Cloud Cyber Protection Mandate Signals Shift to Shared Services and Commercial Providers

Federal agencies face growing pressure to move their cybersecurity operations to the cloud, a potential boon to shared service providers and companies offering security as a service.

The White House and the Department of Homeland Security want agencies to move to cloud-provided network security, likely bringing new business to federal cybersecurity shared services providers, companies currently providing continuous diagnostics and mitigation (CDM) through DHS, and companies offering security operations centers (SOC)-as-a-service (SOCaaS) in the cloud.

Most SOCs today are facilities where highly trained teams works 24 hours a day to stave off or find, analyze and respond to cybersecurity incursions, and to ensure compliance with cyber regulations.

A drastic shortage of cybersecurity workers is making on-premises centers too costly and the rapid move to cloud computing is challenging their expertise. These difficulties are exacerbated for federal agencies by a powerful mandate from the White House Information Technology Modernization plan released in December, giving them little choice but to turn to cloud SOCs.

“Agencies now realize that they cannot possibly maintain cyber defenses strong enough to defeat many cyber attacks. They therefore need to leverage the capabilities built into commercial clouds,” wrote Alex Rossino, senior analyst at federal market data firm Deltek in September.

“When I look at a visionary view of cyber, I think this is really where we are headed,” Barry West, DHS senior accountable official for security, told a chief information security officers summit on Jan. 25. West, who has served as acting DHS deputy chief information officer, acknowledged that considering private sector SOCs as a service marks a rapid evolution in cloud acceptance by federal agencies, which once strongly resisted moving to the cloud due to security concerns.

Government isn’t alone in abandoning terrestrial SOCs. The private sector can’t afford escalating cybersecurity salaries, either. “[Chief information security officers] and technology leaders contemplating building their own SOC should be very cognizant of the cost and staffing implications involved in this approach,” Siddharth Deshpande, principal research analyst at IT advisory firm Gartner, warned companies in October. “There are plenty of alternatives to building and staffing an in-house SOC, and companies should explore them,” he urged.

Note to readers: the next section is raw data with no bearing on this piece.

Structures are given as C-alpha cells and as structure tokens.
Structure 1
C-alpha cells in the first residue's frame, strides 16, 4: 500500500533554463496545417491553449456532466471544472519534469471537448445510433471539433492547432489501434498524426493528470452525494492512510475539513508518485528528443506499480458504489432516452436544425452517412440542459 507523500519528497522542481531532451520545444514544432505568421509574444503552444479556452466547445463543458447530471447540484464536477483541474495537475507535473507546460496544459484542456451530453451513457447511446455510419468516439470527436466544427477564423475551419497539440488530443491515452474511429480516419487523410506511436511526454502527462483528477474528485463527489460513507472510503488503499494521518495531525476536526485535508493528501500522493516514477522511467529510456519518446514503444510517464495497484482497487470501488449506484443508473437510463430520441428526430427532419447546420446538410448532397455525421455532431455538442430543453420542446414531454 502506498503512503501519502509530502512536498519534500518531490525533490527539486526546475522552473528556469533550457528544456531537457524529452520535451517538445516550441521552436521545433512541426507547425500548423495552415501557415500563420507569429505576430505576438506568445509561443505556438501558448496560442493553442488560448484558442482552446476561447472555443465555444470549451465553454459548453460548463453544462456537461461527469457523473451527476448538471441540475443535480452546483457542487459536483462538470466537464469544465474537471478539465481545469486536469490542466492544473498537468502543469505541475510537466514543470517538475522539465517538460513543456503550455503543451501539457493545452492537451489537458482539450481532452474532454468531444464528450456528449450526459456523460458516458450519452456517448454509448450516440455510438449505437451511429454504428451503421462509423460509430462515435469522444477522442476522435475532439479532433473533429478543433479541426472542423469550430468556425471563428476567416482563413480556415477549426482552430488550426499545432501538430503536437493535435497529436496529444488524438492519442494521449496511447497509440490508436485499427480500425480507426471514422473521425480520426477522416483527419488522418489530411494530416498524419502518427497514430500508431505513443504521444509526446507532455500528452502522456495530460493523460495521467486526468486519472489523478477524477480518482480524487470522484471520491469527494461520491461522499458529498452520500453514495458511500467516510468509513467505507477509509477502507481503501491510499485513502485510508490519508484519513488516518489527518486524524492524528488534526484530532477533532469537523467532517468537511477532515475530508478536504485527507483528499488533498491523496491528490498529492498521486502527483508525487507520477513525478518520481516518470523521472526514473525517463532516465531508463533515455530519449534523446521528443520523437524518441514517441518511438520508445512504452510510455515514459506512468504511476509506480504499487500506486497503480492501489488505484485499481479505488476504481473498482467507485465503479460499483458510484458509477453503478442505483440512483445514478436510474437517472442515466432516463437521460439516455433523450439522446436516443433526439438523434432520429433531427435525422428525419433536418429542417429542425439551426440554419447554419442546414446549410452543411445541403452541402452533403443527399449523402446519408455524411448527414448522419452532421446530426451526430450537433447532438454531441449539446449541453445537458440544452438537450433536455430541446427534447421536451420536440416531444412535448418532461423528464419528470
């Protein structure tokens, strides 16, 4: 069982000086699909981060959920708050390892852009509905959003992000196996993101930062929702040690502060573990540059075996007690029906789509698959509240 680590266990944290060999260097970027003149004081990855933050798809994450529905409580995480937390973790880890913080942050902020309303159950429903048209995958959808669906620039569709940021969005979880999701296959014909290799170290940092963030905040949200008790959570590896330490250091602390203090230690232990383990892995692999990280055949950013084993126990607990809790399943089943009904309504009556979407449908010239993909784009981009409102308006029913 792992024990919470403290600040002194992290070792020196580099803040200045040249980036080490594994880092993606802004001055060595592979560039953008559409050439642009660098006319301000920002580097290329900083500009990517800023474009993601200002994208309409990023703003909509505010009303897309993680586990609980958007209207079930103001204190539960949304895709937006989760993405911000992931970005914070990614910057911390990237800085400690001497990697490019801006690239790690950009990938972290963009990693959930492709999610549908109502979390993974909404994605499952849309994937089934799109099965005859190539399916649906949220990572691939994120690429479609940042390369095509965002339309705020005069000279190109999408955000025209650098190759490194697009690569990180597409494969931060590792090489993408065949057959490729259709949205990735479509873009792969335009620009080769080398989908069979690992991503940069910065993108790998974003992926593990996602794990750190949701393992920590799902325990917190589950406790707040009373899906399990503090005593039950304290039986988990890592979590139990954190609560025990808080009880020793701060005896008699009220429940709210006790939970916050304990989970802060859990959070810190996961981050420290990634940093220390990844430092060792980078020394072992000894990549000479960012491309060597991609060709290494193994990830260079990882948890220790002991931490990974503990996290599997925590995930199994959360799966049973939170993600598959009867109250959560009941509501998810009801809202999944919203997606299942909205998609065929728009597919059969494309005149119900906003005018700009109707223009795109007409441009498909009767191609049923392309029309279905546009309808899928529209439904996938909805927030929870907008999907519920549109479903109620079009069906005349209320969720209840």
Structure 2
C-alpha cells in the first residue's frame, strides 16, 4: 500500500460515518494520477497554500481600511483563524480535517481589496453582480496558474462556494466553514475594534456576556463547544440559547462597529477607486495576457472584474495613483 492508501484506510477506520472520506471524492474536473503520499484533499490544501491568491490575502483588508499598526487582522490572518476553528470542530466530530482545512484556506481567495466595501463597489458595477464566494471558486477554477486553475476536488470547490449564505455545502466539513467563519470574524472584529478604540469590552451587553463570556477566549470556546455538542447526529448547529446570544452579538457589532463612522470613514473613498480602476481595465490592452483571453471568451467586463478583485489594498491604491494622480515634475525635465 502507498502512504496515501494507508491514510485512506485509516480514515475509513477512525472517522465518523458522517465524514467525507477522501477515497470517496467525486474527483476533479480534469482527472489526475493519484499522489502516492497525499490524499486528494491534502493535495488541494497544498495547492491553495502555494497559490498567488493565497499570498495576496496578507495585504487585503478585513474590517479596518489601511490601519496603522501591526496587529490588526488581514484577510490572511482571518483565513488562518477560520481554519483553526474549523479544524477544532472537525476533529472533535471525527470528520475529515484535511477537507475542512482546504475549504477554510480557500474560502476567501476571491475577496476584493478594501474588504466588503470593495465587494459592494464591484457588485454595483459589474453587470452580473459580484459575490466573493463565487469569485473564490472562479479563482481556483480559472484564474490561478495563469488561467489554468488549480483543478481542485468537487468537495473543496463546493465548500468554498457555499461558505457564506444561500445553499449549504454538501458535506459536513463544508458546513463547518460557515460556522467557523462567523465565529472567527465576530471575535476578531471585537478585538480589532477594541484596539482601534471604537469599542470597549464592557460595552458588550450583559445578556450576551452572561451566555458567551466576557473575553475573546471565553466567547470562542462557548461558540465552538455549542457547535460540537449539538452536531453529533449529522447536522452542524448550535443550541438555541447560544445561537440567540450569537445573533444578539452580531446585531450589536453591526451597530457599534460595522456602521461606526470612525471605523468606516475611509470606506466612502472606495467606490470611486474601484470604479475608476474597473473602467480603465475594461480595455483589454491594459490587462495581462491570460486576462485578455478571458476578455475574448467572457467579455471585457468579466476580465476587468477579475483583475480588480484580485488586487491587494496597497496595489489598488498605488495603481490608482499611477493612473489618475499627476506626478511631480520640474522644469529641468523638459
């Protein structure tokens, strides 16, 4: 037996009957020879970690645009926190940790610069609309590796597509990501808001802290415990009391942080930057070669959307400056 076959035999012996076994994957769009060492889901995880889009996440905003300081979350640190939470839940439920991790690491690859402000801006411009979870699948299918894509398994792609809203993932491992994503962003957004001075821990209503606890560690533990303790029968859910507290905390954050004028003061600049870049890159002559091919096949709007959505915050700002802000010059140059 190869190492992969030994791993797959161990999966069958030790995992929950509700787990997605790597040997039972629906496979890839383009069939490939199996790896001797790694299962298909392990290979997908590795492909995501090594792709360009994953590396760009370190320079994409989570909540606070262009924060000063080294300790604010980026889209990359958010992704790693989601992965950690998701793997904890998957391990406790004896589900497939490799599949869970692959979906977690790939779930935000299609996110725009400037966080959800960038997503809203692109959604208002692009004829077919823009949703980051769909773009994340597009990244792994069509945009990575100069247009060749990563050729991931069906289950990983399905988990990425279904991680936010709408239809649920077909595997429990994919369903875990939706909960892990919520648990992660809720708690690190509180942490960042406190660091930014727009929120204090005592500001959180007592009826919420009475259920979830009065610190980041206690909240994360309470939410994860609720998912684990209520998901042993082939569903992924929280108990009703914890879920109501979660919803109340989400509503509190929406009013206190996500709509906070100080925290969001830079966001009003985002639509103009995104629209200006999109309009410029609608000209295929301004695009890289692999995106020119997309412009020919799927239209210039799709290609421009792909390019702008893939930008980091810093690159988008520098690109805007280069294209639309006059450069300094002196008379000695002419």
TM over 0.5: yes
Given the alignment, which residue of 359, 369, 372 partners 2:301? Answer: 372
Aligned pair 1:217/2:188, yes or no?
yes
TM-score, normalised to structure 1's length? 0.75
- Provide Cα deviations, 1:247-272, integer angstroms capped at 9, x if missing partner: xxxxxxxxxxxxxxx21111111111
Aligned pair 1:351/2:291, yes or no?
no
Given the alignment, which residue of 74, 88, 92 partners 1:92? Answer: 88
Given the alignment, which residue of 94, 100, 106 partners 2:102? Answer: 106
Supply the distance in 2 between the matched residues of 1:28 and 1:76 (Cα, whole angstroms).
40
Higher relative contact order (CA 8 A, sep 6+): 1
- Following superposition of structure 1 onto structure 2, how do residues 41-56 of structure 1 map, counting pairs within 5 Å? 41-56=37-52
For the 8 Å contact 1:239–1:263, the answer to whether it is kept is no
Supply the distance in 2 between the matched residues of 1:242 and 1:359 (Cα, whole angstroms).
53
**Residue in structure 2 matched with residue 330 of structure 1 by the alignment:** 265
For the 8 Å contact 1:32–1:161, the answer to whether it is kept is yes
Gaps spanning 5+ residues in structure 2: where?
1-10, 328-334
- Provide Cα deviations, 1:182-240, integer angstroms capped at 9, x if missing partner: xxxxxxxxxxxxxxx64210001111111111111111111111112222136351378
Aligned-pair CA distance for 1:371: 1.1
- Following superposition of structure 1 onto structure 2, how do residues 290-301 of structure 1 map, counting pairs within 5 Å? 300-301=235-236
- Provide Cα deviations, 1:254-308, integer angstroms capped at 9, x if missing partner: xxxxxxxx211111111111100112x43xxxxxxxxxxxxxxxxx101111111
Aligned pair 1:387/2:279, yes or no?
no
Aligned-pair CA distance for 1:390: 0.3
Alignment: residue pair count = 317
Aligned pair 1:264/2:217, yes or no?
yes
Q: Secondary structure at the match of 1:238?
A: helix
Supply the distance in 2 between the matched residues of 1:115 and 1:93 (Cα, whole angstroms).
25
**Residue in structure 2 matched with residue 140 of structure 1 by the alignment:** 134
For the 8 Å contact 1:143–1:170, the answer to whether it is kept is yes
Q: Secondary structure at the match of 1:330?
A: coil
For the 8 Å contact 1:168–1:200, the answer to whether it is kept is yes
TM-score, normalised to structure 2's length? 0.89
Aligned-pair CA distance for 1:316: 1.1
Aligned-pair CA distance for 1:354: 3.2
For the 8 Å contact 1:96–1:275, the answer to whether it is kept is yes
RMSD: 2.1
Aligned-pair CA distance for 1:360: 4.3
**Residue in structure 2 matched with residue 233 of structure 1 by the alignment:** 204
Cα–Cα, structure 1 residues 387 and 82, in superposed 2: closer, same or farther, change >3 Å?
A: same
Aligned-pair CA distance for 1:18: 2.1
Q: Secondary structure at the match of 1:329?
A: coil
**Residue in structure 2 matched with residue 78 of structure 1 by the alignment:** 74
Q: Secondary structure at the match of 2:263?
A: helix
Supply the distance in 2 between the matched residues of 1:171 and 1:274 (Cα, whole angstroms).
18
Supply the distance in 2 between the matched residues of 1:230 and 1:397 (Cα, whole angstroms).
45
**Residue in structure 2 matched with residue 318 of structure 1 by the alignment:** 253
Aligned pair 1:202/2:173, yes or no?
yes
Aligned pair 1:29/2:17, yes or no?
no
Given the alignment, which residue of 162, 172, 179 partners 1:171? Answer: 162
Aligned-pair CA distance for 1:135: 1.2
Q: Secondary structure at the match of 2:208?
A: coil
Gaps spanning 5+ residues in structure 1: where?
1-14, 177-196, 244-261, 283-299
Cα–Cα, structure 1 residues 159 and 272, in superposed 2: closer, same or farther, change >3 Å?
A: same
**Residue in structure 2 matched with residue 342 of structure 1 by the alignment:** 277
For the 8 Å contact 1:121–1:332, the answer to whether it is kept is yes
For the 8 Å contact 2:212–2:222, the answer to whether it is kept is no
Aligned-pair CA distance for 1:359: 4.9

The federal IT modernization plan says outdated cybersecurity practices are hindering agencies from moving to cloud solutions, which it calls “more secure than current agency IT environments.”

The DHS CDM program focuses on securing networks hosted on agency premises, versus cloud-hosted systems, the plan notes. And CDM security teams and SOCs may not yet have the expertise to defend cloud architecture. So the plan orders DHS and agencies, with the General Services Administration, to hasten acquisition planning and task orders to implement CDM phases 3 and 4 and future work, to include cloud security.

In addition, since not all agencies can afford to establish SOCs, especially for cloud applications, the plan orders DHS, GSA and the Office of Management and Budget to identify agencies that have SOC capability and can offer it as a service to others. Additionally, OMB is to identify agencies with insufficient SOC capability and direct them to plan to transition to SOCaaS provided by government shared services or companies.

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The Government Technology & Services Coalition's Homeland Security Today (HSToday) is the premier news and information resource for the homeland security community, dedicated to elevating the discussions and insights that can support a safe and secure nation. A non-profit magazine and media platform, HSToday provides readers with the whole story, placing facts and comments in context to inform debate and drive realistic solutions to some of the nation’s most vexing security challenges.

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